Back in February, I embarked on an ambitious plan: to read all the books that I’d begun but not finished. This was, and is, a big problem of mine. I tend to get distracted by something else, and suddenly the book I was reading is gathering dust, half or quarter finished, buried under a pile of Mojo or Esquire magazines in the bathroom.
I got off to a good start. (A full size version of the above chart is here. Brown equals partially-read books, orange equals books I’ve bought this year which only make the task harder.) But then I went to New York in April. I read a couple of books while I was there, then I bought a Sony PSP. Any doubts I had that video games retard a child’s development have been banished now that I’ve seen how they retard my development.
Some good news, though: I’ve nearly finished one of those books, so maybe a final spurt towards the end of the year is on the cards.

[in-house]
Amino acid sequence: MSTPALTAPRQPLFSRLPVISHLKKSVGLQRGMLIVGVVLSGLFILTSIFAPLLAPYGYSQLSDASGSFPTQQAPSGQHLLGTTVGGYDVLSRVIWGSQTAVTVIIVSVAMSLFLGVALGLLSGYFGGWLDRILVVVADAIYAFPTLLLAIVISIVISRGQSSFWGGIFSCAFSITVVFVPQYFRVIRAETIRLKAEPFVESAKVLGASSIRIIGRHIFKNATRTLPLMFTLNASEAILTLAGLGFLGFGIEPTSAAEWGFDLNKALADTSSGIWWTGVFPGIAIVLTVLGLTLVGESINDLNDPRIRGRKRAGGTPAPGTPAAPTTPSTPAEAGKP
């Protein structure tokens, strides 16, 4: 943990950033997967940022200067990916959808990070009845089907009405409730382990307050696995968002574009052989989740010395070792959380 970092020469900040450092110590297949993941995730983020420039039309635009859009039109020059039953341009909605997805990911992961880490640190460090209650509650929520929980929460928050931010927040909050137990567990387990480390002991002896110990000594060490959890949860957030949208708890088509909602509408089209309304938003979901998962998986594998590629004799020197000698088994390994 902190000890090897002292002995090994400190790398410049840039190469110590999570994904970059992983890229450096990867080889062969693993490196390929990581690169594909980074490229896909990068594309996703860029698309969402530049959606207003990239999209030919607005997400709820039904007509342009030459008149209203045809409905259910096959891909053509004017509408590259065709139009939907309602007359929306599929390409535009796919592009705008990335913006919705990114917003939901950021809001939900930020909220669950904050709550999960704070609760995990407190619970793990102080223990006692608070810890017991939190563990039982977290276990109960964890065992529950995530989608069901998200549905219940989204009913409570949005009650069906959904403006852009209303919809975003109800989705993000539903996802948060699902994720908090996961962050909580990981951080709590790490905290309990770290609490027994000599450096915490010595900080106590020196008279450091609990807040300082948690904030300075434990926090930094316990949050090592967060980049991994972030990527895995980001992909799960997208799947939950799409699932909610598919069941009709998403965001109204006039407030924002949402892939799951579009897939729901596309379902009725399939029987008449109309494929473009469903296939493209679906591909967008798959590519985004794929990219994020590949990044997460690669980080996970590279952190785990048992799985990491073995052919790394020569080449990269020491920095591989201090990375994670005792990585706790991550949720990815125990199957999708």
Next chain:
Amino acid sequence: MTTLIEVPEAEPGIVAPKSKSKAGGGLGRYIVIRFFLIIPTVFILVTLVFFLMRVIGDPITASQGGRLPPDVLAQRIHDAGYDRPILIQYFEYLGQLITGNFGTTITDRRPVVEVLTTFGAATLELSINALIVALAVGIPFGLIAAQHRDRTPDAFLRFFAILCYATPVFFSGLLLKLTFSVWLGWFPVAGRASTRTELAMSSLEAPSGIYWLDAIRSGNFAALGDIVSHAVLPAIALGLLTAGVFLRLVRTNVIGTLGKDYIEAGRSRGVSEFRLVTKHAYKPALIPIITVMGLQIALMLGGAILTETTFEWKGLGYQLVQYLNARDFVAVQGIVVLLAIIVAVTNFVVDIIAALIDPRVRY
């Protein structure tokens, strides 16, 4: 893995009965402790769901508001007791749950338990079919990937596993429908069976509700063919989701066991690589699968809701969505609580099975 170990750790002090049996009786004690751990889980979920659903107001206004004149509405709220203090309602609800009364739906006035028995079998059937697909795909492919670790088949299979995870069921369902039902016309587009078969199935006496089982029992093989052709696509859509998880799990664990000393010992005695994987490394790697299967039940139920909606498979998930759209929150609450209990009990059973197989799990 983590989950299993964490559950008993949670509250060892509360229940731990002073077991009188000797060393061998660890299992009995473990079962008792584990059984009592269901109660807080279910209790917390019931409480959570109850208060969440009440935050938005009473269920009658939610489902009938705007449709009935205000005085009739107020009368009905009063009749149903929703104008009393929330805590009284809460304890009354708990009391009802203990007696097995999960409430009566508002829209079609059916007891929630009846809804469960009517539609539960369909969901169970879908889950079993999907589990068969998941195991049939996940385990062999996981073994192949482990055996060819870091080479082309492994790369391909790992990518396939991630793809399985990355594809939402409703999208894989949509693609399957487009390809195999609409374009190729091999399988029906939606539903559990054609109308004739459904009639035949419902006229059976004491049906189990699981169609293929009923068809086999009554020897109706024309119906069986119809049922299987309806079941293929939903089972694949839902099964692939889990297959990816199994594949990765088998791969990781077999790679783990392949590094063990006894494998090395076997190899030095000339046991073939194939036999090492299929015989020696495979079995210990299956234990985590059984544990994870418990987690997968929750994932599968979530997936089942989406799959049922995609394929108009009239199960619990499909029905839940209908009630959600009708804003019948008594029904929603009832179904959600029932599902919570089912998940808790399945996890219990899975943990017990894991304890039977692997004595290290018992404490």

This, rather neatly, ties in with something I discovered at the weekend. After listening to The Onion’s President’s Weekly Radio Address, I had a look around on the Internet to find out if there was any information on Bush’s real reading habits.
I found out that he apparently has read 60 books this year. Sixty. Leaving aside the obvious jokes, that’s virtually a book every four days. How in the hell does someone read that much when they have one of the world’s most important, and one would assume, busy jobs? What does ‘reading a book’ constitute for this chap? Reading the blurb on the back? Getting someone to read it and summarise it into two sides of A4? Listening to the audio books is a possibility, I guess. (I’ve often wondered if that should be considered reading? It feels like cheating, but really, it’s kinda the same; just a different voice that your brain hears.)
And look at the books on his list. I could not be more certain that he is not reading Nine Parts of Desire: The Hidden World of Islamic Women by Geraldine Brooks. That, sir, is bullshit. The whole list looks like it was put together by some White House PR drone, trying to find the perfect mix of clever-and-presidential and man-of-the-people.
But anyway, 60 books, if true, is pretty impressive. Especially if, like it says in the Orlando Sentinel, it’s 60 books “this summer.” My doubts about the sixty books, though, are made stronger: three of the books on his 2006 summer reading list were on his list in 2005. It seems that me and the president both start books we don’t finish.